BEIJING (Reuters) - China will start work on the world's highest airport next year, in Tibet's Nagqu town, state media said on Tuesday, which will be about 100 meters (328 ft) higher than the existing record holder in another part of the remote and restive region.
Nagqu airport will be at an altitude of 4,436 meters (14,553 ft) above sea level, slightly higher than the airport in Qamdo town at 4,334 meters (14,219 ft), Xinhua news agency reported.
It did not say when the airport would open nor how much it would cost.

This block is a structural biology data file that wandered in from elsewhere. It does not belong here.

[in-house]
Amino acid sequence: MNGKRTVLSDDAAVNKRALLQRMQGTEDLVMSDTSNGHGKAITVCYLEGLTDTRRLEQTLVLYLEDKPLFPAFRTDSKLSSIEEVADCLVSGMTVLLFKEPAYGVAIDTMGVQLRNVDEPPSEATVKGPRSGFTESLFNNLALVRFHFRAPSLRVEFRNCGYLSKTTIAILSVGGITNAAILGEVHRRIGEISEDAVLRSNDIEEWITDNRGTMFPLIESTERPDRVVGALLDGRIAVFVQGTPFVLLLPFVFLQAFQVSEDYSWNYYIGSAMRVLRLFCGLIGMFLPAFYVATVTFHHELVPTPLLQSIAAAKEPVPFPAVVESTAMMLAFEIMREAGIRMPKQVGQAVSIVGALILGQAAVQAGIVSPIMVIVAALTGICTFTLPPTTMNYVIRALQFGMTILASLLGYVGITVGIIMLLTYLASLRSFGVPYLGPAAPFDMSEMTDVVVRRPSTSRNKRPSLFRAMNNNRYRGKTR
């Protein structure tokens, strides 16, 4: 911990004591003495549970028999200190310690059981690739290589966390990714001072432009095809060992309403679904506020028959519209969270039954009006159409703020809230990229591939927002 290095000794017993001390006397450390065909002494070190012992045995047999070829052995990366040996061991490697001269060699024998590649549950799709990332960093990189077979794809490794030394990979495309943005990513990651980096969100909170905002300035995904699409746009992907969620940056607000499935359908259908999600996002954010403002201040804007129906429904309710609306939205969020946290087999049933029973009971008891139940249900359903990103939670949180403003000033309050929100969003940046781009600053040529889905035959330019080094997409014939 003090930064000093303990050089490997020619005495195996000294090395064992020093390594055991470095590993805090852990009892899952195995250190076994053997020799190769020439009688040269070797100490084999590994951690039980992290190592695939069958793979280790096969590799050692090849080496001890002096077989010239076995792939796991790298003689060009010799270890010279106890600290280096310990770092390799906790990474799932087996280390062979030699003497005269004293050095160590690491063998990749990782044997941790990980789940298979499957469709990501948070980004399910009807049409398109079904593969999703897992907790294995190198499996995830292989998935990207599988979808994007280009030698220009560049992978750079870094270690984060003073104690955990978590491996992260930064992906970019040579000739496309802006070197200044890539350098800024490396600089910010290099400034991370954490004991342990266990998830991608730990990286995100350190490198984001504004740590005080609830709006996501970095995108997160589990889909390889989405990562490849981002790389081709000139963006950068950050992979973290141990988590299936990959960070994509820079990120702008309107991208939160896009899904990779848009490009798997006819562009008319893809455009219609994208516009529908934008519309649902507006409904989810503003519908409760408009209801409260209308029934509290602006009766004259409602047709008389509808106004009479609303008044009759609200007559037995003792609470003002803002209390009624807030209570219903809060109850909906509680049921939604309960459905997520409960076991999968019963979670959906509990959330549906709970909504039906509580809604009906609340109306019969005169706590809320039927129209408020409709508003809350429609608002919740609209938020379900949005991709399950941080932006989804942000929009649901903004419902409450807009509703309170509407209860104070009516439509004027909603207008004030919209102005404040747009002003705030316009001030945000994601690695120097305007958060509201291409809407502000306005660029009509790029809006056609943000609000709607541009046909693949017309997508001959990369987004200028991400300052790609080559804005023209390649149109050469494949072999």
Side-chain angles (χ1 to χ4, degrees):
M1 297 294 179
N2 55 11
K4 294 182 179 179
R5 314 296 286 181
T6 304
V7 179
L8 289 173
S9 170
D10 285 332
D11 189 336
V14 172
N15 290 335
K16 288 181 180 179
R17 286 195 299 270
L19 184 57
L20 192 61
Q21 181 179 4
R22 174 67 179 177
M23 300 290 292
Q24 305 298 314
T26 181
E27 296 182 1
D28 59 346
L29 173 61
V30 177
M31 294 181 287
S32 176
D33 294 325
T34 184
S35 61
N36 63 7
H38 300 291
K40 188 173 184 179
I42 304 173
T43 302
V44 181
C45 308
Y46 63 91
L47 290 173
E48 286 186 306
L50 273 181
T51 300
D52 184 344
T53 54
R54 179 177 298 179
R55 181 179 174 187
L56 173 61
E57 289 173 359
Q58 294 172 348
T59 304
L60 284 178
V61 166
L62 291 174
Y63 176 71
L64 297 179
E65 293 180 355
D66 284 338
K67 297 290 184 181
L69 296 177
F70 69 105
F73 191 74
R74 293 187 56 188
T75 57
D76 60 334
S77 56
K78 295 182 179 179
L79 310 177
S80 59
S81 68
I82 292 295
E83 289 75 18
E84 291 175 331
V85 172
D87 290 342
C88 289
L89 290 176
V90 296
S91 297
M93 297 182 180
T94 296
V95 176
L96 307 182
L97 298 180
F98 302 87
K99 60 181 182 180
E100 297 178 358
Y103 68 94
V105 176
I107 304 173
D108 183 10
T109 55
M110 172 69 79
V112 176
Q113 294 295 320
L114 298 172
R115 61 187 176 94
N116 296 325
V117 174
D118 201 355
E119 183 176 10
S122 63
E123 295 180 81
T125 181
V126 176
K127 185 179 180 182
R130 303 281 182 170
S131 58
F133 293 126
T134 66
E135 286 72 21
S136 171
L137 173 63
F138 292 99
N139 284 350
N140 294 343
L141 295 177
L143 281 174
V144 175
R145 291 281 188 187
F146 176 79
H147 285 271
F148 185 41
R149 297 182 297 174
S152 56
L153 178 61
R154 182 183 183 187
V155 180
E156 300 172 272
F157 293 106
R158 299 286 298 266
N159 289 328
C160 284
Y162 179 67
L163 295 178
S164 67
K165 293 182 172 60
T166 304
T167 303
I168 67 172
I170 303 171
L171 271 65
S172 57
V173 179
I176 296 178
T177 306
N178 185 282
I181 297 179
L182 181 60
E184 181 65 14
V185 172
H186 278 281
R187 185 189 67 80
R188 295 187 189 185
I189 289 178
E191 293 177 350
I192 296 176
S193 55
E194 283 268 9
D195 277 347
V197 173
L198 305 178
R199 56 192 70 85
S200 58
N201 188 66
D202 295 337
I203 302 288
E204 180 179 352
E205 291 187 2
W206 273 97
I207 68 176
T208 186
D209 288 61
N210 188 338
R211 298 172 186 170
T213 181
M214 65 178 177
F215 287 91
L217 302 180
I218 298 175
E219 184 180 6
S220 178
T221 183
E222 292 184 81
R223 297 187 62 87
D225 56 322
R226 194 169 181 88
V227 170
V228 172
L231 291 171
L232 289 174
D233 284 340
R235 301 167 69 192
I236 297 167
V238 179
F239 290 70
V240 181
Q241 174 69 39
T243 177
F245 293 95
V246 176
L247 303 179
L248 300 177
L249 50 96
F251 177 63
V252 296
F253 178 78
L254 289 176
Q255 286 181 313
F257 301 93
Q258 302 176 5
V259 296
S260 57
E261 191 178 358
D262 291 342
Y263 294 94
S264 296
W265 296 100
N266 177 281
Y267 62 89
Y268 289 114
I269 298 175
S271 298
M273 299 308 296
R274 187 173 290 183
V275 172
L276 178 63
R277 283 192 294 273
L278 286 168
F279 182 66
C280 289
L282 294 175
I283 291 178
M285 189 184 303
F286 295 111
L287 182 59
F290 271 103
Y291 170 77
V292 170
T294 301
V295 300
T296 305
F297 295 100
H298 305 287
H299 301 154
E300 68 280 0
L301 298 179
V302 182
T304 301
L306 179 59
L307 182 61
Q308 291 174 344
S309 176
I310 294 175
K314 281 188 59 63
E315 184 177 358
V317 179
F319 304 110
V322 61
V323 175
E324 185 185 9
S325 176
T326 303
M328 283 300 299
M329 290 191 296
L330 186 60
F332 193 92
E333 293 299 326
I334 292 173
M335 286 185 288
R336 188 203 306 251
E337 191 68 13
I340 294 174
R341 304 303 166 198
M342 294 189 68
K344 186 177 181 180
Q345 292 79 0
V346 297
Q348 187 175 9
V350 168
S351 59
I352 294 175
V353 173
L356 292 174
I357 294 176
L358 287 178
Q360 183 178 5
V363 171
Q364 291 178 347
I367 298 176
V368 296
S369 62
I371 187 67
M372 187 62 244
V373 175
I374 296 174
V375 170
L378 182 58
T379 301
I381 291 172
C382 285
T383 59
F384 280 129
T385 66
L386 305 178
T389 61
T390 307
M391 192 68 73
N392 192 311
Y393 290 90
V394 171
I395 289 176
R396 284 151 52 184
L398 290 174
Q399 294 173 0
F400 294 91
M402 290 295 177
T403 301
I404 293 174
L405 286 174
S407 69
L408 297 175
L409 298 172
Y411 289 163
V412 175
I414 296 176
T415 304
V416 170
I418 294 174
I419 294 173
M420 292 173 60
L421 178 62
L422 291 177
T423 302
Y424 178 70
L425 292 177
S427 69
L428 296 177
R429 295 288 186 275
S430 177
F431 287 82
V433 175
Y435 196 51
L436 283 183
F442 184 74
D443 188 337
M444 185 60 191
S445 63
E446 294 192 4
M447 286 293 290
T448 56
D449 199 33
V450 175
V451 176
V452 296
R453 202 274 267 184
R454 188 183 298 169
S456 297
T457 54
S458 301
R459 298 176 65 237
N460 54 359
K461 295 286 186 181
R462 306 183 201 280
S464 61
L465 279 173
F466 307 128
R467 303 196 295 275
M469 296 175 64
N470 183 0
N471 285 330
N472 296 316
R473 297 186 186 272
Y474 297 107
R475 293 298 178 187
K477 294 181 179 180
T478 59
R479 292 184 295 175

Tibet already has five civilian airports, at least two of which are only open for a few months of the year because of extreme weather which makes flying impossible the rest of the time.
China has embarked upon a multi-billion-dollar program in recent years to revamp old airports and build new ones, especially in the country's remote west, as a way of boosting the economy.
The government has also poured billions of dollars into Tibet, hoping to win hearts and minds in a region the Communist Party has run with an iron grip for six decades.
The government says that the new airports, roads and a railway to Tibet will promote development and help raise living standards.
But Tibet activists say the new links will speed up the pace of Chinese migration there and dilute Tibetan Buddhist culture.
(Reporting by Ben Blanchard; Editing by Robert Birsel)